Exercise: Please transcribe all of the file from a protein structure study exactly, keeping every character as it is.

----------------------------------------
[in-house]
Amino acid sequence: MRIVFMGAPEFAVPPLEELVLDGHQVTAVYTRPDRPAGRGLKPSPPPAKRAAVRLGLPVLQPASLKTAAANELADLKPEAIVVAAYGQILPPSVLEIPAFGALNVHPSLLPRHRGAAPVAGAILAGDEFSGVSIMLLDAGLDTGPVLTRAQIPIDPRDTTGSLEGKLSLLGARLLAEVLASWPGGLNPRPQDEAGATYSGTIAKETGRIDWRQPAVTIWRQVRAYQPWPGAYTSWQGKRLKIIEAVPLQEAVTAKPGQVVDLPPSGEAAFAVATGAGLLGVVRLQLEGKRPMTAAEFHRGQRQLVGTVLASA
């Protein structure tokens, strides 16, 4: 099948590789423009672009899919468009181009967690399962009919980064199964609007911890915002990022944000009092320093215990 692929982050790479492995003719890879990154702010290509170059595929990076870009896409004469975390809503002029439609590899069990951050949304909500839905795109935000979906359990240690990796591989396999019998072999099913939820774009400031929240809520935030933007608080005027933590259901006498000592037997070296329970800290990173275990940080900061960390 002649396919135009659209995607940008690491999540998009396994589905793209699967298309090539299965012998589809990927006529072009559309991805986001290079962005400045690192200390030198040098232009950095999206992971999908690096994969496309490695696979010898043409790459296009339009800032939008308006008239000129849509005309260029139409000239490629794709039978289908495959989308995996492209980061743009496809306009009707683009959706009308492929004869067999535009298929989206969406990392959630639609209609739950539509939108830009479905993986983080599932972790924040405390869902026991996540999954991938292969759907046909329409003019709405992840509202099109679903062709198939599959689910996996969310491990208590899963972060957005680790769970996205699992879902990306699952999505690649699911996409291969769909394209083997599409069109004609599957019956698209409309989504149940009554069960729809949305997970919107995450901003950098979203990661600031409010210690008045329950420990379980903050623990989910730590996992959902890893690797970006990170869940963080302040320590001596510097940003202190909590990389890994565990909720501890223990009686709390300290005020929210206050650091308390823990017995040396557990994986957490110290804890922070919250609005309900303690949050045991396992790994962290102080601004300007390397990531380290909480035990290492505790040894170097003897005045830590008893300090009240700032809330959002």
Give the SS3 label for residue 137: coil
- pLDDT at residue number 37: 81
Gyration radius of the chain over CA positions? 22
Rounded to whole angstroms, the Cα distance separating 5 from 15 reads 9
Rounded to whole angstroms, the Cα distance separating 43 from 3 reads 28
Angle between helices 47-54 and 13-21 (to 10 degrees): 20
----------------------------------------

[in-house]
Amino acid sequence: MRIVFMGAPEFAVPPLEELVLDGHQVTAVYTRPDRPAGRGLKPSPPPAKRAAVRLGLPVLQPASLKTAAANELADLKPEAIVVAAYGQILPPSVLEIPAFGALNVHPSLLPRHRGAAPVAGAILAGDEFSGVSIMLLDAGLDTGPVLTRAQIPIDPRDTTGSLEGKLSLLGARLLAEVLASWPGGLNPRPQDEAGATYSGTIAKETGRIDWRQPAVTIWRQVRAYQPWPGAYTSWQGKRLKIIEAVPLQEAVTAKPGQVVDLPPSGEAAFAVATGAGLLGVVRLQLEGKRPMTAAEFHRGQRQLVGTVLASA
């Protein structure tokens, strides 16, 4: 099948590789423009672009899919468009181009967690399962009919980064199964609007911890915002990022944000009092320093215990 692929982050790479492995003719890879990154702010290509170059595929990076870009896409004469975390809503002029439609590899069990951050949304909500839905795109935000979906359990240690990796591989396999019998072999099913939820774009400031929240809520935030933007608080005027933590259901006498000592037997070296329970800290990173275990940080900061960390 002649396919135009659209995607940008690491999540998009396994589905793209699967298309090539299965012998589809990927006529072009559309991805986001290079962005400045690192200390030198040098232009950095999206992971999908690096994969496309490695696979010898043409790459296009339009800032939008308006008239000129849509005309260029139409000239490629794709039978289908495959989308995996492209980061743009496809306009009707683009959706009308492929004869067999535009298929989206969406990392959630639609209609739950539509939108830009479905993986983080599932972790924040405390869902026991996540999954991938292969759907046909329409003019709405992840509202099109679903062709198939599959689910996996969310491990208590899963972060957005680790769970996205699992879902990306699952999505690649699911996409291969769909394209083997599409069109004609599957019956698209409309989504149940009554069960729809949305997970919107995450901003950098979203990661600031409010210690008045329950420990379980903050623990989910730590996992959902890893690797970006990170869940963080302040320590001596510097940003202190909590990389890994565990909720501890223990009686709390300290005020929210206050650091308390823990017995040396557990994986957490110290804890922070919250609005309900303690949050045991396992790994962290102080601004300007390397990531380290909480035990290492505790040894170097003897005045830590008893300090009240700032809330959002």
Give the SS3 label for residue 137: coil
- pLDDT at residue number 37: 81
Gyration radius of the chain over CA positions? 22
Rounded to whole angstroms, the Cα distance separating 5 from 15 reads 9
Rounded to whole angstroms, the Cα distance separating 43 from 3 reads 28
Angle between helices 47-54 and 13-21 (to 10 degrees): 20